More on "Old Americans"

I came across a 1917 publication (full text freely available at Google Books) in which Hrdlicka outlines his rationale for studying "Old Americans" and some of his preliminary findings. More complete findings were published in 1925 in The Old Americans.

The Old White Americans
Ales ̆ Hrdlic̆ka.
Published: Washington DC : [s.n.], 1917.
Series: Proceedings of the International Congress of Americanists ; 19th, December, 1915.


FROM early in the seventeenth century the Temperate Zone of North America has been receiving successive contingents of the white race who have settled on the available land and multiplied and spread, thus forming the American nation. These newcomers were derived from Europeans of various physical types, ranging from the prevalently tall, blond, blue-eyed dolichocephalic Northmen to the mostly dark-haired, brown-eyed, medium tall, and brachy- cephalic Celts; and according to all indications they were, as a lot, physically, and especially mentally, above the average of their parent groups, for both the pioneers, whose ideals were religious and political liberty, and who would brave the dangers of the long sea journey with the hard conditions of life in the New World, as well as those commonly classed as adventurers, can well be assumed to have been on the whole men with a surplus of mental power and physical energy.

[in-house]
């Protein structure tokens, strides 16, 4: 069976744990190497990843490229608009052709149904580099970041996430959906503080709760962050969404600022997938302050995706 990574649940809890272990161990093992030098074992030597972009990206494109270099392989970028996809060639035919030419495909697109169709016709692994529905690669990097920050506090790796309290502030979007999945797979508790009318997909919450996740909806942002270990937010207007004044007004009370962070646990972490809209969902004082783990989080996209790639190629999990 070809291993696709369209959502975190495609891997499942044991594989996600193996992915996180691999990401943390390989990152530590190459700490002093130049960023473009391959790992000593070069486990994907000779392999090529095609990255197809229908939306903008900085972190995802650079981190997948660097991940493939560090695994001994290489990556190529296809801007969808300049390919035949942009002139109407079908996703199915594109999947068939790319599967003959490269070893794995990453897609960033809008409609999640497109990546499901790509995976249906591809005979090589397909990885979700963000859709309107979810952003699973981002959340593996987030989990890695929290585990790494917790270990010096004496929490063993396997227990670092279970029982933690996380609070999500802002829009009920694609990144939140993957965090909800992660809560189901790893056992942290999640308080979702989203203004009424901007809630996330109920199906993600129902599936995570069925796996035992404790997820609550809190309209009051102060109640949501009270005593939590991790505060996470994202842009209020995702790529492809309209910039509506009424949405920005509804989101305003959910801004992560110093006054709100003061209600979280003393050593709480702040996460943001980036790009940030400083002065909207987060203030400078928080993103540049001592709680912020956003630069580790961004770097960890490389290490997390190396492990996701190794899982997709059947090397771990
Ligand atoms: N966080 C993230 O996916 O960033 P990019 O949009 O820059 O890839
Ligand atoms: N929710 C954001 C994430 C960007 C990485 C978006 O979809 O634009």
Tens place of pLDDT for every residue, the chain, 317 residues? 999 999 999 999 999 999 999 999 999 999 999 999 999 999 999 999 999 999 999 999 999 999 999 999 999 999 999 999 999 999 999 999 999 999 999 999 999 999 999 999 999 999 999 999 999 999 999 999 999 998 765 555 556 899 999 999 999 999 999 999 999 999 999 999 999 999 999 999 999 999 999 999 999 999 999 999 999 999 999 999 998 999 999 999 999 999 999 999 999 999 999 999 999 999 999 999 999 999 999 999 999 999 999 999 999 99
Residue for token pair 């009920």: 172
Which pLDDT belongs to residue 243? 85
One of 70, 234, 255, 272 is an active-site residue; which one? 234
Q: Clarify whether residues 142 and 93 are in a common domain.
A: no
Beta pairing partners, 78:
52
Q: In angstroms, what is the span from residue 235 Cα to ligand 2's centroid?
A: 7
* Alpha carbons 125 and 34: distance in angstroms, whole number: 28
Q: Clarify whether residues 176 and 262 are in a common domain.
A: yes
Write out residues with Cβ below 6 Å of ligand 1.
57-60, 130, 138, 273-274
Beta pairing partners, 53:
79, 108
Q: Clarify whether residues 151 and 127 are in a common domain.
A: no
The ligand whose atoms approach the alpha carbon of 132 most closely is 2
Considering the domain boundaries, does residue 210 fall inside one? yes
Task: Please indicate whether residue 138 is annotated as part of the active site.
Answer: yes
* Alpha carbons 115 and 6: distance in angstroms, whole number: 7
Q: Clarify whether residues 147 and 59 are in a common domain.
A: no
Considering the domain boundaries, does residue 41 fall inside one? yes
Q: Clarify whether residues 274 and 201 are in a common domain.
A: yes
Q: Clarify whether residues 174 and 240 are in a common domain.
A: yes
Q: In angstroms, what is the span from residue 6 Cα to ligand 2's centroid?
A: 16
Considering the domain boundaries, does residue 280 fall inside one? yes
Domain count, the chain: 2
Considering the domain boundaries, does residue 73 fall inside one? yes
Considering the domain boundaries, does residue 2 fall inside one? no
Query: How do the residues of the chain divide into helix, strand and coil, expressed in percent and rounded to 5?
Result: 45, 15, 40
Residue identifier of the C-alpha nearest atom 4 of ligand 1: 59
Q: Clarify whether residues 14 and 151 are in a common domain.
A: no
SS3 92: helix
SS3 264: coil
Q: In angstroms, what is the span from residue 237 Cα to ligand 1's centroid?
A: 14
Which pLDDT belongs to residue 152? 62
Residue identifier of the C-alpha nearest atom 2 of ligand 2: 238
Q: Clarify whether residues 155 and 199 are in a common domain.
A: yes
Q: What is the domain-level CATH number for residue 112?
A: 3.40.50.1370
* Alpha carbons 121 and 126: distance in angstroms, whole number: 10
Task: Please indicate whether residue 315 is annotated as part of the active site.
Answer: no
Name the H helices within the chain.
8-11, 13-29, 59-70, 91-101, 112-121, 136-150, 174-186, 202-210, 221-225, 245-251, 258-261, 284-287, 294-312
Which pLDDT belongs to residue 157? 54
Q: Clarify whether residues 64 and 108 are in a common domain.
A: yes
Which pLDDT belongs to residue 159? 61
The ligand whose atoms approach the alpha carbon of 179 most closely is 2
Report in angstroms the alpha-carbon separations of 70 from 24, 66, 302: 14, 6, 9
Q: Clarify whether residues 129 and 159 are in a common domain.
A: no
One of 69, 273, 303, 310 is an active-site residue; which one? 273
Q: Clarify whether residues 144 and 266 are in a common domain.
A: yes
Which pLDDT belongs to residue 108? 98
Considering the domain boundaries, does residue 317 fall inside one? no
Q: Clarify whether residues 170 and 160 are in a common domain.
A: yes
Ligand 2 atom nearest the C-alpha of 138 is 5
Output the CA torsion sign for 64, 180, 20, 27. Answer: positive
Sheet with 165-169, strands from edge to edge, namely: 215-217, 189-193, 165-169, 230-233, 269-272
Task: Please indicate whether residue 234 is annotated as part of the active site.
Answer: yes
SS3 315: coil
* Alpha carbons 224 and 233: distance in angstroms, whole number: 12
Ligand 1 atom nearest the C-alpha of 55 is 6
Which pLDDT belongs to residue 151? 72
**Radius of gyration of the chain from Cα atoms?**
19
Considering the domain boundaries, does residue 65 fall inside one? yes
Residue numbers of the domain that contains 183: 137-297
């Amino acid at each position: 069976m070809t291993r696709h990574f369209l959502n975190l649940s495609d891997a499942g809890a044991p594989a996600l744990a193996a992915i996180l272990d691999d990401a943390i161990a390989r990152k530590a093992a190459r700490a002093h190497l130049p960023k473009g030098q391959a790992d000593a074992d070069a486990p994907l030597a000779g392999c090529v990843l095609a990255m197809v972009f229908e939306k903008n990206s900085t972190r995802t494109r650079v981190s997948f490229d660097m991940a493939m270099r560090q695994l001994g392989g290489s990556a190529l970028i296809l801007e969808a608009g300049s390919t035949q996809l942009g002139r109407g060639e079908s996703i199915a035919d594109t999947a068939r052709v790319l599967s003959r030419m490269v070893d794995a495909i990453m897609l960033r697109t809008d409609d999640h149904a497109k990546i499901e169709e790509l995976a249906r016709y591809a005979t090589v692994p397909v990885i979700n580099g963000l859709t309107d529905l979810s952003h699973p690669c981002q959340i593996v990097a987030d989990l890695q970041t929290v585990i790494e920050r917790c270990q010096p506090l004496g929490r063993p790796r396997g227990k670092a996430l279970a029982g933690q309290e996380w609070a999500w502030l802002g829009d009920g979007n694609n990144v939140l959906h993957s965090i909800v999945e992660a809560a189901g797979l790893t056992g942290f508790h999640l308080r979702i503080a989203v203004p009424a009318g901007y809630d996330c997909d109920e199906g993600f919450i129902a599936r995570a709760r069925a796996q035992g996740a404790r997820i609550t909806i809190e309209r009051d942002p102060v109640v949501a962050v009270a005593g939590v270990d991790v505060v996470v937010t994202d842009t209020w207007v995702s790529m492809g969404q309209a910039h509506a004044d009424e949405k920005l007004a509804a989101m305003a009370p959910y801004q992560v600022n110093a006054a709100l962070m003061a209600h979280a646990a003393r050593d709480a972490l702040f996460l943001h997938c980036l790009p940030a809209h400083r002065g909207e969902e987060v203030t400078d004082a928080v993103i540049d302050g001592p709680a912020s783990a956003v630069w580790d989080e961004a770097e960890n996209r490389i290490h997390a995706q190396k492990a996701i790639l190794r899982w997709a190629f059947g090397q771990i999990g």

The men, and the women who accompanied them and who were probably of similar good material, encountered in large measure new environments and lived a new life. They reared their families under these changed influences, and the children accommodated themselves completely to the new conditions—they became Americans. Then followed intermarriage, both within and without the various contingents that reached this land, and the original heterogeneity slowly gave place to a blend which constituted the body of the rising nation.

How successful this new conglomerate proved to be, morally, intellectually, in defense and otherwise, are matters of history. It is certain that there was no loss of the original endowments; and also that there resulted in the course of time a considerable approach to unification of all those characteristics of mentality and behavior which are most readily subject to adaptation. It may be safely said that so far as outward manifestations are concerned, the descendants of the Old Americans constitute today a fairly easily separable strain of white people, which is no longer English, Dutch, French, or Irish, but American.